When I grow old ...

I had an epiphany a few days ago.


That is the fancy word for “It’s about time. What took you so long?” I have finally surrendered to the fact that I am “the older generation.” I suppose it has been obvious for a while. We (that’s one of my brothers and I) are almost the oldest in a very large bunch of relatives. An aunt-by-marriage and one of Mom’s many cousins are all that remain of that generation in a really big extended family that covers two counties and beyond in the Pacific Northwest.

And one of my kids IS a grandparent, but I chalked that up to youthful indiscretion, although the great-grandkids are pretty cute and smart as heck, but hardly grounds for shoving me into the “old” category.

Besides, I still had a grandmother when my great-grandkids were born, so “older generation” was definitely two layers away at that time.

Maybe I should have copped to the fact of the impending age status when Granddaughter No. 5 e-mailed me for directions on how to make a pie crust (she could have picked up the phone and asked but that thinking is only one more indication of my dinosaurhood). When I asked her why she didn’t ask someone closer she said, “No one I know can cook.”

And then there is the reality I am faced with daily that even my young friends are not 35 anymore. They even emphasize it with comments like “Getting old is not for sissies” or “What’s gold about the Golden Years?” You’d think I hang out with a bunch of old geezers the way they carry on sometimes about aches and pains and pills and “remember whens.”

Unfortunately, I find myself matching them pill for pill and with memories of DeSoto cars and Lonzo and Oscar (look them up).

Even the realization that some of the granddaughters are old enough to buy beer (legally) didn’t make it dawn on me. The actual understanding of the obvious was when I went to get my haircut at one of the local places the other day. When I described that I wanted the back shaped in a “modified DA” and the young lady said “A WHAT?” the light bulb went off over my head and I said “Never mind. You’d never understand.” I actually got a very nice haircut, and she did a good job of shaping the back, but not quite like the back end of a duck.

I’m not a baby-boomer. My generation is the so-called “silent generation,” the place-holder between the “Greatest Generation” and the Me-Generation (that’s Baby-Boomers to those of you who are one). We’re the ones our parents experimented on so they could spoil the younger siblings rotten. We’re the ones who smoothed the road in the 1950s so the sibs could go crazy in the 60s.

In short, we’re the ones who get blamed for everything because we are “disciplined, self-sacrificing and cautious” (according to some sociologists who write about those things) clearing the way so other, less responsible generations can run with the ball. When they stumble at the goal line, it’s our fault because we didn’t carry them across. (Do I sound petulant enough for a constantly put-upon older sibling?)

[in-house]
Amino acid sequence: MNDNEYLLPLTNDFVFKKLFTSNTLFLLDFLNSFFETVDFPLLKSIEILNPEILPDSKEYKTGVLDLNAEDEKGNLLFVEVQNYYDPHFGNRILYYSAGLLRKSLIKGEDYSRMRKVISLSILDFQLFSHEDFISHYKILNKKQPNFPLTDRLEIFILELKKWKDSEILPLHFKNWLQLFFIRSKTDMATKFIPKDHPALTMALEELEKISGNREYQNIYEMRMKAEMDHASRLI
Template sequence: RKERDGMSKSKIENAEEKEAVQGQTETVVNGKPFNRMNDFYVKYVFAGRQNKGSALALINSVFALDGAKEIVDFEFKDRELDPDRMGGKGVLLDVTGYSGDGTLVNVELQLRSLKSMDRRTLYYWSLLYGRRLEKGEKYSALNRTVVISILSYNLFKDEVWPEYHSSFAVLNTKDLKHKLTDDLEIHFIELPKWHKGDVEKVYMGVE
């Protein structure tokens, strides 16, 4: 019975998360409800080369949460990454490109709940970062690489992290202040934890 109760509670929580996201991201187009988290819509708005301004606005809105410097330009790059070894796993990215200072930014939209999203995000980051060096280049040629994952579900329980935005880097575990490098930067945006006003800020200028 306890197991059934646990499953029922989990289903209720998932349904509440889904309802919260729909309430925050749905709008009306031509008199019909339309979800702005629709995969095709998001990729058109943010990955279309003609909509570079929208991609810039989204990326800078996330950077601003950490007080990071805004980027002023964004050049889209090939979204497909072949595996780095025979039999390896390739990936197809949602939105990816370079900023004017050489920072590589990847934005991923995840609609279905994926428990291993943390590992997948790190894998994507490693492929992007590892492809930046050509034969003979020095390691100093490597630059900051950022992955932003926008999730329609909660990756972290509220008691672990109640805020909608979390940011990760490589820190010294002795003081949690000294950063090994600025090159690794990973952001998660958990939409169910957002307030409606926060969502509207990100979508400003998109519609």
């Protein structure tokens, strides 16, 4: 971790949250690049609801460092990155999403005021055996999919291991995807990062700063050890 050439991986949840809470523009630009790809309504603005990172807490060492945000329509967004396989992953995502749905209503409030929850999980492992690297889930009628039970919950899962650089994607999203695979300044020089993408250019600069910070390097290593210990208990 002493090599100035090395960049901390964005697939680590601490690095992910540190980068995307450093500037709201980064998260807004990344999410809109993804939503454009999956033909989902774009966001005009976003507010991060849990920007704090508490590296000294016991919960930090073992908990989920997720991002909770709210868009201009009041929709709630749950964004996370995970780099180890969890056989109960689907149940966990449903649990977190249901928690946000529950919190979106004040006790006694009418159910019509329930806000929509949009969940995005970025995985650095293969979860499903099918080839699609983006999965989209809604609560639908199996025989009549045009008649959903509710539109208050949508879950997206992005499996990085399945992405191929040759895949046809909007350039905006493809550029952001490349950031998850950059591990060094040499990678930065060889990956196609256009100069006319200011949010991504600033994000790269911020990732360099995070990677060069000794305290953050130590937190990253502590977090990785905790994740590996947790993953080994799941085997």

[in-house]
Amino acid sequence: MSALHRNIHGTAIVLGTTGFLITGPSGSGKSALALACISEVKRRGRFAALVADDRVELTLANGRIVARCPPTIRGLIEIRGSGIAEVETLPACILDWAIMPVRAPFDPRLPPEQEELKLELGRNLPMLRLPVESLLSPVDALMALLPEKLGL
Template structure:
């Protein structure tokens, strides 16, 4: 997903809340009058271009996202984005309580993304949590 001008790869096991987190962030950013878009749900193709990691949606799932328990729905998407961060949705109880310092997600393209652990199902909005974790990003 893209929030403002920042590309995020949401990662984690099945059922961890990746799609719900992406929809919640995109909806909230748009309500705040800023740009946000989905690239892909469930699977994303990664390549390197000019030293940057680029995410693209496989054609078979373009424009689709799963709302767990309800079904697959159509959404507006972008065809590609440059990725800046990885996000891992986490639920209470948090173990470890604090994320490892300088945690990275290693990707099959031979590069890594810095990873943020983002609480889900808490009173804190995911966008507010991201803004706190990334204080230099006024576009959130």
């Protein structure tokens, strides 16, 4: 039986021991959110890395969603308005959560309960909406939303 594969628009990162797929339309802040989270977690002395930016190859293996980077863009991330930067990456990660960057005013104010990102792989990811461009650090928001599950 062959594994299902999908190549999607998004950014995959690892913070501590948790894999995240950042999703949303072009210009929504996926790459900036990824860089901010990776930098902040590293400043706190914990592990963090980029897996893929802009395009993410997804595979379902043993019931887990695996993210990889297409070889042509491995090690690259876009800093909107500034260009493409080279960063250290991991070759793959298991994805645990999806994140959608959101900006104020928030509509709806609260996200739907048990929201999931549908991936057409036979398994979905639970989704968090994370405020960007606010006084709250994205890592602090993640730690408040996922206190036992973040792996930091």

My generation is one of the only ones to not have a president elected from its ranks. George Bush Sr. was from the “Greatest Generation,” and we jumped right to the Boomers with Bill Clinton. I’d like to think it is because we’re too smart for that, but in reality it is probably because we are too busy cleaning up after the Baby-Boomers to launch a viable campaign.

Age does have some perks, I’m discovering. I can wear anything I want because people expect me to be eccentric. (Remember: “When I am old I shall wear purple…”) If I forget something I’m forgiven “because of my age.” I can even eat dessert first. They age wine and cheese for the same reason the president has to be 35 (although whoever thought 35 was mature might be rethinking it now that the Baby-Boomers have had their day and we’re coming onto the reign of the Gen X’ers): older is better.

The problem now is how to play the role. I have been operating on the belief that I am still 30 years old, well, maybe 50 on some days, so it is a major shift in attitude to all at once become an “elder.” In some cultures that title takes on a load of responsibility. Not so much in the prevailing society here, I guess, but still it denotes a certain amount of knowledge and wisdom. My geezer friends laugh a lot, and always have a story to tell. They like the freedom of being old and they know a secret that the Boomers are just now discovering: Everyone gets old. It’s a lot better than the alternative.

Virginia Walters lives in Kenai.


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